The patterns of activity produced by our brains are unique. They're so unique that we can use brain connectivity maps to identify individuals just as reliably as fingerprints.
"An individual's functional brain connectivity profile is both unique and reliable, similar to a fingerprint, and it is possible, with near-perfect accuracy in many cases, to identify an individual among a large group of subjects solely on the basis of her or his connectivity profile," neuroscientist and lead researcher Dimitri Van De Ville and team write in their paper.
Yale University researchers discovered this back in 2015, and now a team from the Swiss Federal Institute of Technology in Lausanne has examined how these patterns change over time to try and understand when brain activity patterns become unique and identifiable.
The researchers turned the information from functional magnetic resonance imaging (fMRI) scans measuring the brain activity of 100 unrelated people at rest into colorful graphical summaries to build an atlas that considered 419 points in our brains.
"All the information we need is in these graphs, that are commonly known as 'functional brain connectomes'," explained neuroscientist Enrico Amico.
"The connectome is a map of the neural network. They inform us about what subjects were doing during their MRI scan – if they were resting or performing some other tasks, for example. Our connectomes change based on what activity was being carried out and what parts of the brain were being used."
The researchers found that while longer time scales allowed for better differentiation between individuals, 1 minute and 40 seconds was all it took for enough data to be collected for reliable identification.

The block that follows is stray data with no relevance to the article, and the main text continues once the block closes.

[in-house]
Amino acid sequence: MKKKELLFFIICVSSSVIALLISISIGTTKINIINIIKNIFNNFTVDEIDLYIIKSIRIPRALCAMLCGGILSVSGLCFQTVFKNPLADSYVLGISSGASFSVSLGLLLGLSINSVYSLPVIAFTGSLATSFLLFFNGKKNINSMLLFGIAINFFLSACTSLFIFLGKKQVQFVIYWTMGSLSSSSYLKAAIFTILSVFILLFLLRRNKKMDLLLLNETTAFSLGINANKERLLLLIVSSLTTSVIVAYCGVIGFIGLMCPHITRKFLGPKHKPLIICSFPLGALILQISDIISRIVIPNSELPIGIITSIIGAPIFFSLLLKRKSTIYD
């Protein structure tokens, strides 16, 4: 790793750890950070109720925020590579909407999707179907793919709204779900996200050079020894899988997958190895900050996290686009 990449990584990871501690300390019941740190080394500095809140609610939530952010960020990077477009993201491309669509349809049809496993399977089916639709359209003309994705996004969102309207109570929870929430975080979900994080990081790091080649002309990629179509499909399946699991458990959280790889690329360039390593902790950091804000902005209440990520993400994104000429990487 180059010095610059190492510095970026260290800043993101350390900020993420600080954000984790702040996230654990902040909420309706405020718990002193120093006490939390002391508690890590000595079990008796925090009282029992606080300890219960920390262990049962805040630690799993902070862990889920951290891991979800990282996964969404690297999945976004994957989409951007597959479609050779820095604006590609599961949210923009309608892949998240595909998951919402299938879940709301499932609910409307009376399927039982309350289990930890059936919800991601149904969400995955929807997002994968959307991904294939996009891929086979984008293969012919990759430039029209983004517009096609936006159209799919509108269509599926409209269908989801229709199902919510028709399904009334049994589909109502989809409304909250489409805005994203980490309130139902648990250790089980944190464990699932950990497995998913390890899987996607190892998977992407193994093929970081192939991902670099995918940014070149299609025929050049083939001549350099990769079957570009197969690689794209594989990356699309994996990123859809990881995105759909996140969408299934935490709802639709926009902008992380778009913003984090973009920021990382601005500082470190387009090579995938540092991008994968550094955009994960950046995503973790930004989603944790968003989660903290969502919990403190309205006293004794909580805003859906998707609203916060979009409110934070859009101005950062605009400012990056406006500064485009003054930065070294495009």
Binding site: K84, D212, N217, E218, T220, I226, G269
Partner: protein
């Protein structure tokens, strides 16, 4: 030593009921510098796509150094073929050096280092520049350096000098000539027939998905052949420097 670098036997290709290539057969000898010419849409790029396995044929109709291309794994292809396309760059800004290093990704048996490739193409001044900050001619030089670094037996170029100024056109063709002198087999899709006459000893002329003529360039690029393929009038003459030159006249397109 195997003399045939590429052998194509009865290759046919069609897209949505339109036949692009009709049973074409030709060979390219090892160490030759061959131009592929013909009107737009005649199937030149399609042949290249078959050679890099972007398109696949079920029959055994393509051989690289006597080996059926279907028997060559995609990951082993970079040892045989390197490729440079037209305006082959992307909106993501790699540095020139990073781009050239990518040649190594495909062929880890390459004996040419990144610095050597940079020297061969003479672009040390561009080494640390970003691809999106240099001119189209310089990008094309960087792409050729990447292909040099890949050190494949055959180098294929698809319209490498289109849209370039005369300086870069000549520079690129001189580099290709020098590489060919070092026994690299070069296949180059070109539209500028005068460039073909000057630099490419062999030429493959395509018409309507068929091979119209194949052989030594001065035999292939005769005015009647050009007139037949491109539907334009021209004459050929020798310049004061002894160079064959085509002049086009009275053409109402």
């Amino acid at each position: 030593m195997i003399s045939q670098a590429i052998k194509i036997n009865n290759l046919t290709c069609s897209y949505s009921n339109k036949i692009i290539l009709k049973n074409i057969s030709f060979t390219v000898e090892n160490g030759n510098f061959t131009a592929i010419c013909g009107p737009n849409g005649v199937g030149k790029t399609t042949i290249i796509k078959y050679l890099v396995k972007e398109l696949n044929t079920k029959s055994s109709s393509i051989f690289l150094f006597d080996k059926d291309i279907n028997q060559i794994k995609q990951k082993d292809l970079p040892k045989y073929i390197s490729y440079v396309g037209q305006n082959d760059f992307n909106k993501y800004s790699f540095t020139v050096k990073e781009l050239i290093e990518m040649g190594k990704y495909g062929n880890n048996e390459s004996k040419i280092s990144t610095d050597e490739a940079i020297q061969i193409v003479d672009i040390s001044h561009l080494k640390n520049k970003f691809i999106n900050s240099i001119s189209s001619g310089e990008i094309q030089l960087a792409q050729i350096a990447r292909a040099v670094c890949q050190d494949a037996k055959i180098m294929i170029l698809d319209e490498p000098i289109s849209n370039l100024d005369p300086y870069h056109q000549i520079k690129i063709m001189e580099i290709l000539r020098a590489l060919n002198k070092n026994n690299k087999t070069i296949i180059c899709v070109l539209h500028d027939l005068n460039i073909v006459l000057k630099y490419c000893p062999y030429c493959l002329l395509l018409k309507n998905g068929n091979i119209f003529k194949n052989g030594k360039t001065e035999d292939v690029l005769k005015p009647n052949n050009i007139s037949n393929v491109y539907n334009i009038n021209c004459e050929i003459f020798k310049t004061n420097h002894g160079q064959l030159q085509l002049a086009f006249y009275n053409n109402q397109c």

But the most identifiable moment of the scans was not locked to a particular time point, which may have to do with how our brains naturally cycle their activity, the team suspect.
"We realized that the information needed for a brain fingerprint to unfold could be obtained over very short time periods," said Amico. "There's no need for an MRI that measures brain activity for five minutes, for example. Shorter time scales could work, too."
Shorter scans picked up more sensory activity, such as eye movements, but the unique information from more complex cognitive functions out of the frontal cortex began to emerge after a more extended period. These include things such as language, awareness, working memory, and social cognition – suggesting that specific brain networks are functioning at different time scales.
"This work also opens the avenue of relating functional brain fingerprints with the underlying structural architecture," the researchers write, noting the two distinct time scales of the brain maps they observed seem to align with underlying genetic and behavioral gradients.
If this signature of functionality defines our identity on some deeper level, it's natural to ask what kind of conditions might cause this to break down. Could Alzheimer's disease, for example, rob our brains of its neurological fingerprint?
"Based on my initial findings, it seems that the features that make a brain fingerprint unique steadily disappear as the disease progresses," says Amico. "It gets harder to identify people based on their connectomes. It's as if a person with Alzheimer's loses his or her brain identity."
There's still a lot to test out, like if the chosen points for the brain atlas are reliable. Comparing the resting state maps with those constructed when individuals perform a task or using different scanning techniques could tell us more, the researchers suggest.
"This is just another little step towards understanding what makes our brains unique," says Amico. "The opportunities that this insight might create are limitless."
This research was published in Science Advances.